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Building a Digital Mobile Radio Repeater Part 1: MMDVM


Installing MMDVM on an STM32F4 NUCLEO board and assembling an interface shield.

In this series of posts we take a look at building a Digital Mobile Radio (DMR) repeater for amateur radio use on the 70cm band (UHF). This will be constructed using two surplus mobile analogue (FM) transceivers for uplink and downlink, paired with an open source MMDVM-based system for the digital modem, repeater control and IP network interconnect.

The repeater will be put to use by a local amateur radio group that frequently provide communications support to community events such as fell races, along with any radio ham visitors to the area and, of course, those remote and connected to the IP-linked digital radio network.

What is DMR?


Logo of the DMR Association.

DMR is an open digital mobile radio standard defined by ETSI and with use specified in three tiers:

  • Tier I. Licence-free use in Europe on the 446MHz band. Non-infrastructure and without repeater use.
  • Tier II. Licensed use in PMR bands from 66-960MHz. Support for higher spectral efficiency, advanced voice features and IP data services.
  • Tier III. Trunking operation in bands from 66-960MHz, with support for voice and short messaging similar to TETRA.

The digital standard is also suited to and actively used in, the 2M and 70cm amateur radio bands, which in the UK are licensed for 144-146MHz and 430-440MHz use respectively.

DMR can support two voice channels within a standard 12.5kHz channel spacing, via TDMA with two time slots. 4-state FSK modulation is used at a rate of 4,800 samples per second, which corresponds to 9,600 bits/s. So it is a fairly efficient system, without being overly complex.

Many different vendors offer DMR radio equipment. However, for our repeater we will be using two surplus analogue PMR radios, together with Multi-Mode Digital Voice Modem (MMDVM).

Multiple standard and hardware platform support


MMDVM is an open source software project licensed under GPL v2, but with a note to say that it is intended for amateur and educational use only, with commercial use strictly forbidden. This does seem possibly at odds with the GPL licence, but is likely to do with digital codec patents.

The MMDVM firmware supports the following digital modes:

  • D-Star
  • DMR Tier II
  • System Fusion
  • P25

Supported platforms include:

  • Arduino Due
  • STM32F407-DISCO
  • STM32F446-NUCLEO
  • Teensy 3.1/3.2/3.5/3.6

With build supported via the Arduino IDE, Coocox IDE with ARM GCC, and Teensyduino.

It should also be possible to build MMDVM for other STM32 boards and to port it to other real-time ARM platforms, provided they have suitable performance, plus at least one ADC and DAC.

In addition to repeater use, MMDVM can also be used to create a “hotspot” that connects to a digital network over IP link and facilitates use of a handheld radio on the move. Hats off to its creator, Jonathan Naylor (G4KLX), for creating a very cool piece of software.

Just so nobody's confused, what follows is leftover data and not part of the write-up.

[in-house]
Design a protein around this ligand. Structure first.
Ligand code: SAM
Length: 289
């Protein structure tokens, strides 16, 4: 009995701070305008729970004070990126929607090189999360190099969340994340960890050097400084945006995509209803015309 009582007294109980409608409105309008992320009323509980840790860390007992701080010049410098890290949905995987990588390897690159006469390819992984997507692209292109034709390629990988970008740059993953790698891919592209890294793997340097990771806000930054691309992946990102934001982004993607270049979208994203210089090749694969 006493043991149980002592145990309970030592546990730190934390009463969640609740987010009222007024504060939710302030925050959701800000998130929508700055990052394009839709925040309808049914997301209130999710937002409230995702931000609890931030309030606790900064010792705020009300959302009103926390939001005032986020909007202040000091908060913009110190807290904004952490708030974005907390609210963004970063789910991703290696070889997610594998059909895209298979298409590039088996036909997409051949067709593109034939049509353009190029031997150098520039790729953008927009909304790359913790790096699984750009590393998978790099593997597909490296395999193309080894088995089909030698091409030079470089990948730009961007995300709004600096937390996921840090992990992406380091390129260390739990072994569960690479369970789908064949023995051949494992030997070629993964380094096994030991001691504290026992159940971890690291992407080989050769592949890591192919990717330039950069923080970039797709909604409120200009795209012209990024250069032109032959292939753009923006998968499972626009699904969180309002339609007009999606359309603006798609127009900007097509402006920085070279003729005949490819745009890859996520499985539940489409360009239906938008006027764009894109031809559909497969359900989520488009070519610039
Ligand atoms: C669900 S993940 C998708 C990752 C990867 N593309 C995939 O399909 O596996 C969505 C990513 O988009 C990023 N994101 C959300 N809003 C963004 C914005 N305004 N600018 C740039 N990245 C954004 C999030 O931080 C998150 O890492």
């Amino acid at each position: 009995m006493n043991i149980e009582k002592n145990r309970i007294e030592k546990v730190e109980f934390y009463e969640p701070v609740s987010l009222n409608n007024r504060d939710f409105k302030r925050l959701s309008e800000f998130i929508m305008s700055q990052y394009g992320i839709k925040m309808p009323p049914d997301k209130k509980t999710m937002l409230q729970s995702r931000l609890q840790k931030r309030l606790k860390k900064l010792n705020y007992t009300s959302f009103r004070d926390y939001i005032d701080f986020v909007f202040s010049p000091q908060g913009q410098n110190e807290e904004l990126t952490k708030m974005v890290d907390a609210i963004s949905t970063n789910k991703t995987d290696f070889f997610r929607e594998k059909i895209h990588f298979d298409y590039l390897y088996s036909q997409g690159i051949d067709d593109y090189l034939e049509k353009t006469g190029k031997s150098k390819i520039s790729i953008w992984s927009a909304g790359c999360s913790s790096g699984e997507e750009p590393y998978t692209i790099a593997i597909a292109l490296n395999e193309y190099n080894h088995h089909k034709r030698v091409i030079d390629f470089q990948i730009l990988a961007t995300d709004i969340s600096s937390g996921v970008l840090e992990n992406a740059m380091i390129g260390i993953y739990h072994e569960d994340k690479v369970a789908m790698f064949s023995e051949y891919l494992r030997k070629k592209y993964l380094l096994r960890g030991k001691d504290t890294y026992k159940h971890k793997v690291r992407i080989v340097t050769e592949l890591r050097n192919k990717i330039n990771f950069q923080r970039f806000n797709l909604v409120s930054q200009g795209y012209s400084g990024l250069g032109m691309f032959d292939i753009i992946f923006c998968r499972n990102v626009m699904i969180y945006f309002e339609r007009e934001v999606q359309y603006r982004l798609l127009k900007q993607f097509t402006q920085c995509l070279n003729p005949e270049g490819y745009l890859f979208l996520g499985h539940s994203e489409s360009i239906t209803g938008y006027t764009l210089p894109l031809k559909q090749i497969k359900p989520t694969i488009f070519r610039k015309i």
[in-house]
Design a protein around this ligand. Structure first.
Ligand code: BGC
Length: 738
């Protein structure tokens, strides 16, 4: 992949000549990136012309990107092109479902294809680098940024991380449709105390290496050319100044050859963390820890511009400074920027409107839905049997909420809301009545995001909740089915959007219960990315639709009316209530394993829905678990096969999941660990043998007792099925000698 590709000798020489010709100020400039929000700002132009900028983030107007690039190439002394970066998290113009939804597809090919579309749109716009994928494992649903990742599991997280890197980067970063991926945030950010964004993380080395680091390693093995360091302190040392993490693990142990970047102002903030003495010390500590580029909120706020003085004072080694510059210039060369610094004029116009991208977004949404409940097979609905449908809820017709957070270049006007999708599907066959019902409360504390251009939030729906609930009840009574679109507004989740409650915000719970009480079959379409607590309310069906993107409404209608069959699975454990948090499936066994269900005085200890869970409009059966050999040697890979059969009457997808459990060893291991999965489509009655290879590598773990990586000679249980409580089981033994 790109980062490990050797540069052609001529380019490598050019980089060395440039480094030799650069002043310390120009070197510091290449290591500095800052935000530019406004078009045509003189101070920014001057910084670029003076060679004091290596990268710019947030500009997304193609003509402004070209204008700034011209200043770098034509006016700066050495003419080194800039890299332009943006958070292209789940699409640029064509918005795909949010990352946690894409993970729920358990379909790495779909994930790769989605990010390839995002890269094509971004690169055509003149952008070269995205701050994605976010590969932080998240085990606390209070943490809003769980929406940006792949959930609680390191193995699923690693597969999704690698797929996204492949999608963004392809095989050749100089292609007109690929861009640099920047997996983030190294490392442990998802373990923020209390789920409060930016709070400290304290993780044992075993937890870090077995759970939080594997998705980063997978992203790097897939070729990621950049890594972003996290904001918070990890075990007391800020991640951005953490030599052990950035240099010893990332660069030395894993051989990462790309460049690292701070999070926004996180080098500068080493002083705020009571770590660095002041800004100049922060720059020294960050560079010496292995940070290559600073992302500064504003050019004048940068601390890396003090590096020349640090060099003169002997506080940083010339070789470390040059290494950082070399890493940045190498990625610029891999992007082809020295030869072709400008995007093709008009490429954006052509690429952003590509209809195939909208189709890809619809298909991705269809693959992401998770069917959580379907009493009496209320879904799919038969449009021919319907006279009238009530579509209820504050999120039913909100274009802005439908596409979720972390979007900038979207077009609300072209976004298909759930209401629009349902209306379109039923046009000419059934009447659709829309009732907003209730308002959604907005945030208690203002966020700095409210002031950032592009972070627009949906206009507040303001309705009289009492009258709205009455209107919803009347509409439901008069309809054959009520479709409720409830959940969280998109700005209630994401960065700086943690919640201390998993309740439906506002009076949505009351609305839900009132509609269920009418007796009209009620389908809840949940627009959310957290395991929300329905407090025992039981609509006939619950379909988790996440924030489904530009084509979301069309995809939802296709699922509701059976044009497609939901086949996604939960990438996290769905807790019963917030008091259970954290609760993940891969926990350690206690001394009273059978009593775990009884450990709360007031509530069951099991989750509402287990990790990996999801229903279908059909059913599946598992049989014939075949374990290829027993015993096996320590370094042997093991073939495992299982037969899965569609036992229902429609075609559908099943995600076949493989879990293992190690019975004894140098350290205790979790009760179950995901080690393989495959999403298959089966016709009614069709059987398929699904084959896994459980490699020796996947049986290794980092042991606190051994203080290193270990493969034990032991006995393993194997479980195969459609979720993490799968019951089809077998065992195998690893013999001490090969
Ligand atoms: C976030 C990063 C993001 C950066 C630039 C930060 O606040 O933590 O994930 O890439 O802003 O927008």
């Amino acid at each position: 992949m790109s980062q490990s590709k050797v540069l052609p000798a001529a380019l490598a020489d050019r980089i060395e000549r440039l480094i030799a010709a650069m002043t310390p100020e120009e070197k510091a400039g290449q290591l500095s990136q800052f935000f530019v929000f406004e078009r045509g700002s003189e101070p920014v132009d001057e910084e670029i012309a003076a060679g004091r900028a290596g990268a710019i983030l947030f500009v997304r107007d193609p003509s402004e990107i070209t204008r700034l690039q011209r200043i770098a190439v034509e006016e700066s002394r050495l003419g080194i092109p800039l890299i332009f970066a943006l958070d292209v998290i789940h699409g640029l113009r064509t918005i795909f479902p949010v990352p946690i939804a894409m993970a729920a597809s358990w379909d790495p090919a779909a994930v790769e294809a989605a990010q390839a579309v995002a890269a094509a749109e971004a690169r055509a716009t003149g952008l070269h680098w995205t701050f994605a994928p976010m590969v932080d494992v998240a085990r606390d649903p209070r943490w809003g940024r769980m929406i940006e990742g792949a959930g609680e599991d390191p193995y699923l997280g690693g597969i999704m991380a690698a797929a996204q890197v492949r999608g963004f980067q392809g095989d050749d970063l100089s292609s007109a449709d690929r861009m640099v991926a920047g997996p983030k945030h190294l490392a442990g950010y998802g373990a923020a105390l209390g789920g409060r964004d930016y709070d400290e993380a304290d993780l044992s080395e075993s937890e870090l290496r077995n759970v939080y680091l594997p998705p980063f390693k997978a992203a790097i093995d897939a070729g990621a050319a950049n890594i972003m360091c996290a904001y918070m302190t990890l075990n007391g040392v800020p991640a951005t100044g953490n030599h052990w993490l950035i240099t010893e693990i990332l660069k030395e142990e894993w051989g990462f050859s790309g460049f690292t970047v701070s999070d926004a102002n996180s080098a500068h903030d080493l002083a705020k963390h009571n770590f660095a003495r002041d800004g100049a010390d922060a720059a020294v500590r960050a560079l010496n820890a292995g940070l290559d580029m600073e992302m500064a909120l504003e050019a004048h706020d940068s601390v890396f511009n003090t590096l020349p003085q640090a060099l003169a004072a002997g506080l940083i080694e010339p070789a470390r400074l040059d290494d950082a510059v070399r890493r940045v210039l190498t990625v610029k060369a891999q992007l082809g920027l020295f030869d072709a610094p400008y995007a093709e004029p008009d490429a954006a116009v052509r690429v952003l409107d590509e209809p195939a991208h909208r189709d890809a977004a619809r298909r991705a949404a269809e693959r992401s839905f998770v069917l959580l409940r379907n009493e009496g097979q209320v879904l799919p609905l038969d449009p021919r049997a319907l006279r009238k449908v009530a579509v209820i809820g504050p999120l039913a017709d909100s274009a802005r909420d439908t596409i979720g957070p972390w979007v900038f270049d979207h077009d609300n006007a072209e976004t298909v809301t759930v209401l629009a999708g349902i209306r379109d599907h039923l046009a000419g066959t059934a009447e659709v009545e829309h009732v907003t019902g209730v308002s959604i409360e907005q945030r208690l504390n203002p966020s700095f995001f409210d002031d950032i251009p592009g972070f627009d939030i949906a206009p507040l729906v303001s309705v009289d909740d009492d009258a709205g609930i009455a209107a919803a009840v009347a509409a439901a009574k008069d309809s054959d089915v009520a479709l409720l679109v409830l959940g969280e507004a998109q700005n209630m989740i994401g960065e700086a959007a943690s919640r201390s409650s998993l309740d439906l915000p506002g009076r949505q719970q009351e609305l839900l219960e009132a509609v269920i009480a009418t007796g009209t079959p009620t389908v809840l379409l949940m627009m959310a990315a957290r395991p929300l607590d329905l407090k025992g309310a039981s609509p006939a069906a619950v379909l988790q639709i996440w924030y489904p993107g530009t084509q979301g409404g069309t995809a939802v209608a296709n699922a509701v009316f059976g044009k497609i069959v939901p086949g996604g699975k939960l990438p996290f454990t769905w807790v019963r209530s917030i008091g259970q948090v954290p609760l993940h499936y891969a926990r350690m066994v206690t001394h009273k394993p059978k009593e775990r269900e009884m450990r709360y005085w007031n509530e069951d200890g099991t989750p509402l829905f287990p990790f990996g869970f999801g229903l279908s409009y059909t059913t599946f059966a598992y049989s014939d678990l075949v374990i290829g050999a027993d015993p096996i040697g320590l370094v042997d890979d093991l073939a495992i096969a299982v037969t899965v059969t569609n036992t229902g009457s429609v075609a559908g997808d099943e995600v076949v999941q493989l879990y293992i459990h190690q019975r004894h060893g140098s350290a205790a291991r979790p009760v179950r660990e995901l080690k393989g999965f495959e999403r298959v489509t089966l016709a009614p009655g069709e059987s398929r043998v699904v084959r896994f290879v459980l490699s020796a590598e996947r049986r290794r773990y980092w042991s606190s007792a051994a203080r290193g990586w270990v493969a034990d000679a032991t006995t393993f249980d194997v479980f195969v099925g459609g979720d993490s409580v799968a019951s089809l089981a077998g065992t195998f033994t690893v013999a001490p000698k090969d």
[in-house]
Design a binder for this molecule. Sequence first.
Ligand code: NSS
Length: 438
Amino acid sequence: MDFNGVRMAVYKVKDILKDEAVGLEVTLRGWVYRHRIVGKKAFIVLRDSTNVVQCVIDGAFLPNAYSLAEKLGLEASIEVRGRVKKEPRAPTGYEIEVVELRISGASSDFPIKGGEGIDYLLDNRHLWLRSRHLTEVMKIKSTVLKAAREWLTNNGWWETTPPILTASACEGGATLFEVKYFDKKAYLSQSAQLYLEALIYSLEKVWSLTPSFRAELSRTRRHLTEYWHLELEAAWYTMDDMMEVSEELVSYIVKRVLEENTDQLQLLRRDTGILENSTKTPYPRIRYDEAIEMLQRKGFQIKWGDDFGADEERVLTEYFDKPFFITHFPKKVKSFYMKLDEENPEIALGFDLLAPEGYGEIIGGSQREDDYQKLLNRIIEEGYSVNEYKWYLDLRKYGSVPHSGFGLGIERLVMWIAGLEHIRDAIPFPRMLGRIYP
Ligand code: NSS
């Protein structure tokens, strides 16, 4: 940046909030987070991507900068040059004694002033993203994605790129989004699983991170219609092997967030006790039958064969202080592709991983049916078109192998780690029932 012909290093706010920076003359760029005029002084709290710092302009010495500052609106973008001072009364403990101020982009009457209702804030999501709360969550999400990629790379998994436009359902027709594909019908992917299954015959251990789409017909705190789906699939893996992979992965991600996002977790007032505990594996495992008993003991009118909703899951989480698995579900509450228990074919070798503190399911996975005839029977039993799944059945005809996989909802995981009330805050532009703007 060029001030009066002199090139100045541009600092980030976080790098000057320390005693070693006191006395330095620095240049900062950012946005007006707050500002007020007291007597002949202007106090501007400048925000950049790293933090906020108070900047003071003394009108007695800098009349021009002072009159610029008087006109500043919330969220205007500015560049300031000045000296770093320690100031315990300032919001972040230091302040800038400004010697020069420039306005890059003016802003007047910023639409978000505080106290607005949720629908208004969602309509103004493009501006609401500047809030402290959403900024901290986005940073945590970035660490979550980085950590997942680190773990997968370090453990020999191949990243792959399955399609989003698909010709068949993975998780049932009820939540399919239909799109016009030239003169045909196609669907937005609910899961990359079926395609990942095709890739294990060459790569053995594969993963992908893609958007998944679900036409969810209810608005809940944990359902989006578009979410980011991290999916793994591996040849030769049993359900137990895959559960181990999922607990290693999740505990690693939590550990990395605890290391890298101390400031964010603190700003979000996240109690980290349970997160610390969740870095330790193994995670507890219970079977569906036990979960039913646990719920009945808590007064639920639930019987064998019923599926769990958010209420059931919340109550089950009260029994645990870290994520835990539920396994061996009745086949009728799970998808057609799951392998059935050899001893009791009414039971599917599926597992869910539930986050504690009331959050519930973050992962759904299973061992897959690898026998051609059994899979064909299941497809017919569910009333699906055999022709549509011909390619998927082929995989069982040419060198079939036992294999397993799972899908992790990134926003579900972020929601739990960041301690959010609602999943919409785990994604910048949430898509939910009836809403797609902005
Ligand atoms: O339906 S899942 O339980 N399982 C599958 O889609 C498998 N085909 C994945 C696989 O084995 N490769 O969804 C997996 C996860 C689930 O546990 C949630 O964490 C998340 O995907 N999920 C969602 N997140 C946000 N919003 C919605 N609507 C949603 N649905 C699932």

Modem platform


We opted to build our system around the STM32F446 NUCLEO development board (906-4624) , since this offers excellent price/performance and thanks to French radio amateur, F5UII, there is a neat add-on shield which provides interfacing for two radios and an LCD touch screen.


(Edit: STM32F446 board is shown invertered here — it's USB connector should be on the outside and not positioned between the two boards!)

The shield provides op amps which are situated between the radio RX and microcontroller ADC, and radio TX and the microcontroller DAC. There is also a TCXO for frequency stability, some basic buffering and level conversion, plus indicators for the mode in use and PTT active etc.


The shield was supplied as a kit of through-hole parts and took very little time to assemble.

Toolchain setup

The instructions provided by F5UII walk through the few steps required to install a toolchain on Windows. However, since we were using Ubuntu it was even more straightforward.

First, installing the embedded ARM toolchain:

$ sudo add-apt-repository ppa:team-gcc-arm-embedded/ppa

$ sudo apt-get update

$ sudo apt-get install gcc-arm-embedded

Then cloning the sources and building stlink, which is required to program the NUCLEO board:

$ git clone

$ cd stlink

$ make

The executables are then copied into /usr/local/bin:

$ sudo cp build/Release/st-* /usr/local/bin

Following which the udev rules are copied into place and udev restarted:

$ sudo cp etc/udev/rules.d/49-stlinkv* /etc/udev/rules.d/

$ sudo udevadm control --reload-rules

$ sudo udevadm trigger

Finally, if the NUCLEO board is plugged in and st-info run as follows:

$ st-info --probe

We should have confirmation that 1 stlink programmer has been found.

Building and installing MMDVM


Now on to building MMDVM and first the sources are cloned:

$ git clone

$ cd MMDVM

Next we need the STM32F4 DSP and standard peripherals library, which could be downloaded in full from ST, or a minimal set of the files required can be downloaded from F5UII:

$ wget

$ unzip

The Config.h file in the root of the repository will need to be edited. We set the configuration lines:

#define EXTERNAL_OSC 12000000




Following which we ran the build:

$ make clean

$ make nucleo


This resulted in a hex file that we could program to the board with:

$ st-flash --format ihex write bin/outp.hex

Next steps

In the next post we’ll look at housing our modem together with a Raspberry Pi host and two UHF radios, in a rack mount enclosure with power distribution.

Andrew Back

Open source (hardware and software!) advocate, Treasurer and Director of the Free and Open Source Silicon Foundation, organiser of Wuthering Bytes technology festival and founder of the Open Source Hardware User Group.